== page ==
Cross-modular processing in a spiking neural network model
© Vieira and Roque; licensee BioMed Central Ltd. 2011
Published: 18 July 2011
According to the classical view about cortical organization, primary sensory areas are exclusively dedicated to a single sensory modality. Recent studies have challenged this view by showing that primary sensory cortices may undertake cross-modal processing whenever necessary [1, 2]. Despite the growing interest in cross-modal cortical processing, the neural basis of this phenomenon remains largely unknown. How to understand cross-modal cortical processing given the anatomical structure of the cortex and the dynamic features of cortical neurons? It is known that cortical architecture is modular, so that neurons within a module are more densely connected among themselves than with neurons in other modules , and that the specificities of cortical connections depend on their range, with excitatory connections reaching longer distances than inhibitory connections . It is also known that cortical neurons belong to different electrophysiological classes .
In this work we used a modular network of spiking neurons to study cross-modular processing in terms of average spike rate and latency. The network was made of 1,000 neurons modeled according to the Izhikevich formalism  to simulate three electrophysiological classes: fast spiking (FS), regular spiking (RS) and bursting (BS) neurons. Synaptic connections were modeled by α-functions. To generate the modular network, we started with a random network with a 4:1 ratio of excitatory to inhibitory neurons and sparse connectivity. The network was randomly divided into four modules of equal size. Each existing inter-modular inhibitory connection was deleted and corresponding intra-modular inhibitory connections were randomly created in turn. A similar rewiring was made for the inter-modular excitatory connections but with probability p of deleting an excitatory inter-modular connection. Furthermore, two modules (let us call them modules 1 and 2) were randomly selected and all connections between them were deleted. Three experimental protocols were performed: (a) the entire network was stimulated by random noise for 1200 msec; (b) similar to (a) but module 1 also received a fixed input pattern from t = 200 msec to t = 250 msec; and (c) the only input given to the network was the fixed pattern to module 1 only for the same time interval as in (b).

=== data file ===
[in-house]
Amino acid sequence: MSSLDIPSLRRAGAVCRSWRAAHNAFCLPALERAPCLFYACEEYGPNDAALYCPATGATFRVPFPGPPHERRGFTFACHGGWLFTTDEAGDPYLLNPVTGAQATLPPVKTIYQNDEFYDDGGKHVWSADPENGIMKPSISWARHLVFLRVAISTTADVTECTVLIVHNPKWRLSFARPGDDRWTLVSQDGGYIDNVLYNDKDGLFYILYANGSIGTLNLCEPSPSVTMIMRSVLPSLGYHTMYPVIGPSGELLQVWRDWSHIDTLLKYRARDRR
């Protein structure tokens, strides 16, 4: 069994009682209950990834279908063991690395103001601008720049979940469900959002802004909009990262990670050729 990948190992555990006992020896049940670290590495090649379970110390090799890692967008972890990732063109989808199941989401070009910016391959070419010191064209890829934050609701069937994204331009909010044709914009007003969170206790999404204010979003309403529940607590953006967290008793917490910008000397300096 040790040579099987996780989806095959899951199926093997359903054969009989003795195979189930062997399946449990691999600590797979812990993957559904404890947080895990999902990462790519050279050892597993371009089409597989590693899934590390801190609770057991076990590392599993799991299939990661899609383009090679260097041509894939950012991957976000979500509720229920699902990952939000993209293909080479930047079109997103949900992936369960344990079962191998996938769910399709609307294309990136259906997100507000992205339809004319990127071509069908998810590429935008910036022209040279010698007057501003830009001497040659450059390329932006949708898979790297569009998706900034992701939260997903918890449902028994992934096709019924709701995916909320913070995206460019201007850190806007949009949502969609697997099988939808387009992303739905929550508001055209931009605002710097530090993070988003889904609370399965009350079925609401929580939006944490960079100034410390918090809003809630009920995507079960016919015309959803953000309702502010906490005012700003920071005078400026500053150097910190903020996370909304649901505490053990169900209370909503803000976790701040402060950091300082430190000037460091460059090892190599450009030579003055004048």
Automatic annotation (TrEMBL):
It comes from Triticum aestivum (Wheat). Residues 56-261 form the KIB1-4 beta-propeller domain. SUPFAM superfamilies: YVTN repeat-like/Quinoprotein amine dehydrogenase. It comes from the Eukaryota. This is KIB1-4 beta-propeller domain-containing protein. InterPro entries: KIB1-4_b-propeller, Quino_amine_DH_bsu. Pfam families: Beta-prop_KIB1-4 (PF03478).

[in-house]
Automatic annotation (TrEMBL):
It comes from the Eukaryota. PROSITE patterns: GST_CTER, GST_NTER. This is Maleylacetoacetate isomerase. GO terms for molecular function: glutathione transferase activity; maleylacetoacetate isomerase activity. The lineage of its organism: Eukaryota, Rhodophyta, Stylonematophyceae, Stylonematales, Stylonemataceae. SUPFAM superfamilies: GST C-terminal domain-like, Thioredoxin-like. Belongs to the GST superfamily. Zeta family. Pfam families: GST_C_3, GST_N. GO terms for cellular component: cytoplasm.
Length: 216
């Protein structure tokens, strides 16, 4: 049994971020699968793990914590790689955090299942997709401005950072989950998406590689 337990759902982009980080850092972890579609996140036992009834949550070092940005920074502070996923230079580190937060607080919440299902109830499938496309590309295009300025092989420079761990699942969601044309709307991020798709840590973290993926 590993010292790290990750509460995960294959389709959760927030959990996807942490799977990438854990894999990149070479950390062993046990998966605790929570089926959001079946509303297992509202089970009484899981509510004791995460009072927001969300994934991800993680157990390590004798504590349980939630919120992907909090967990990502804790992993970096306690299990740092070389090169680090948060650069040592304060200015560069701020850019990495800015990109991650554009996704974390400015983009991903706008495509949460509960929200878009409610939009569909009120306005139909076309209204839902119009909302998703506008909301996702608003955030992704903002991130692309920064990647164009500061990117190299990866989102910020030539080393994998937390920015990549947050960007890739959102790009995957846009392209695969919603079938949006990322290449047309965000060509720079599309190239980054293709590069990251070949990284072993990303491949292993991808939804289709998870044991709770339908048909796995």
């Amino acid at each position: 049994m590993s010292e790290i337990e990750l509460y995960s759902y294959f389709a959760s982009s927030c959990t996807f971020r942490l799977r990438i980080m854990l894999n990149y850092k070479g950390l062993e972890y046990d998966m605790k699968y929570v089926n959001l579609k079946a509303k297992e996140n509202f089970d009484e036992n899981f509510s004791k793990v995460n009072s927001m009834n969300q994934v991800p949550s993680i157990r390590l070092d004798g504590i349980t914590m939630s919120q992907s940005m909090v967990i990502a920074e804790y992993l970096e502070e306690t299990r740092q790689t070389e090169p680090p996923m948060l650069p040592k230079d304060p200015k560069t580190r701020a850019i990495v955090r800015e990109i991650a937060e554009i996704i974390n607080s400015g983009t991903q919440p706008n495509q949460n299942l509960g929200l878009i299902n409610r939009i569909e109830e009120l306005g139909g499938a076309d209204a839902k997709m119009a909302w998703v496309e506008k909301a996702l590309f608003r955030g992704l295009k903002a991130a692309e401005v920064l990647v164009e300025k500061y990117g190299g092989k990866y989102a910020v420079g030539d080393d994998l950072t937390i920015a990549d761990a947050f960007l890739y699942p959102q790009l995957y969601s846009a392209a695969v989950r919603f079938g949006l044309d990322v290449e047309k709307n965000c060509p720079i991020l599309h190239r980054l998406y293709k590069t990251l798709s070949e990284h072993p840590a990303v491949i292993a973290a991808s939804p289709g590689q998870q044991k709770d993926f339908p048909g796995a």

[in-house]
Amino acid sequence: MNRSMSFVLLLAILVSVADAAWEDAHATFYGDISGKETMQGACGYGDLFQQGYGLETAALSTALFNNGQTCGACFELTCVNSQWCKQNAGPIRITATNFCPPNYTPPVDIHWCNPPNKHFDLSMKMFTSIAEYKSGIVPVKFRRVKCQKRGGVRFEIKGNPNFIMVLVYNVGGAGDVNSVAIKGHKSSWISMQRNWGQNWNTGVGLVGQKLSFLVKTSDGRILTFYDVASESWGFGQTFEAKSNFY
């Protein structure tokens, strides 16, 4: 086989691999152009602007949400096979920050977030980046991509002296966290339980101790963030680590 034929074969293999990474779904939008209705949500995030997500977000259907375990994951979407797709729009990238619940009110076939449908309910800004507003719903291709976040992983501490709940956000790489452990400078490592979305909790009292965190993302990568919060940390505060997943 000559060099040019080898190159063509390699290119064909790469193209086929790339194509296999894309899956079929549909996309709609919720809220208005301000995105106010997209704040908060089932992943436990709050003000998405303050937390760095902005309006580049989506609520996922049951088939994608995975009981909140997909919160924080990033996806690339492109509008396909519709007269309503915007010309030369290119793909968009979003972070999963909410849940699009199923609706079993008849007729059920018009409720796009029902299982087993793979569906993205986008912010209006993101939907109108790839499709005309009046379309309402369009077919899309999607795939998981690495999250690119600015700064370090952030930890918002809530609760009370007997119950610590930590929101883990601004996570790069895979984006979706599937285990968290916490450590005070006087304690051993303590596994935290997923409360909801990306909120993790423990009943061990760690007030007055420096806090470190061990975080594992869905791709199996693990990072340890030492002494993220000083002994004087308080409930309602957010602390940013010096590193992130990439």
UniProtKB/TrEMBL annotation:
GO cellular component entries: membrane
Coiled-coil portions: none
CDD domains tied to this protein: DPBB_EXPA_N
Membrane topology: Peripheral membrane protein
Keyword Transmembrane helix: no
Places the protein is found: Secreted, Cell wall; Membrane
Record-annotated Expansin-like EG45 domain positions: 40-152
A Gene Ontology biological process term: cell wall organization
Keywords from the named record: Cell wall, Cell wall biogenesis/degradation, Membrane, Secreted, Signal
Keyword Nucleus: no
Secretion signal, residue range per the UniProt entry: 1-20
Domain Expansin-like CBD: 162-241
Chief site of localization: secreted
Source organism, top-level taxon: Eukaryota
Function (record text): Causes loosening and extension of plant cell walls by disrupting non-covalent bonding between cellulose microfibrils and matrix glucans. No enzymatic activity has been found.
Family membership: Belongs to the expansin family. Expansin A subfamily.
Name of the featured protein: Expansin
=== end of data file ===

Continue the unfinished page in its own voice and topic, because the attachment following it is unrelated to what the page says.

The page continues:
The raster plots of the four modules for protocol (a) show a similar frequency response for all of them but the spiking activity of module 2 cells is out of phase in comparison with activities in other modules. In the case of protocol (b), the presentation of the fixed input pattern to module 1 caused a slight and sustained increase in the average firing frequency of all modules. The start of this increase is delayed by 15 msec for modules 3 and 4, which are directly connected with module 1, and by 30 msec for module 2, which is only indirectly connected with module 1. These delays are not only due to synaptic delay (equal to 1 msec) but may also be due to intrinsic network properties. For protocol (c) the situation was similar to protocol (b) but with a lower average spike rate which decays toward zero after offset of the external stimulus. The simple network studied allow propagation of information between modules, with modules that do not receive direct external input responding stably (with delays) to an external and fixed input pattern presented to a single module. This suggests that more detailed analyses of modular networks may help understanding of cross-modal processing.
Work supported by CNPq.
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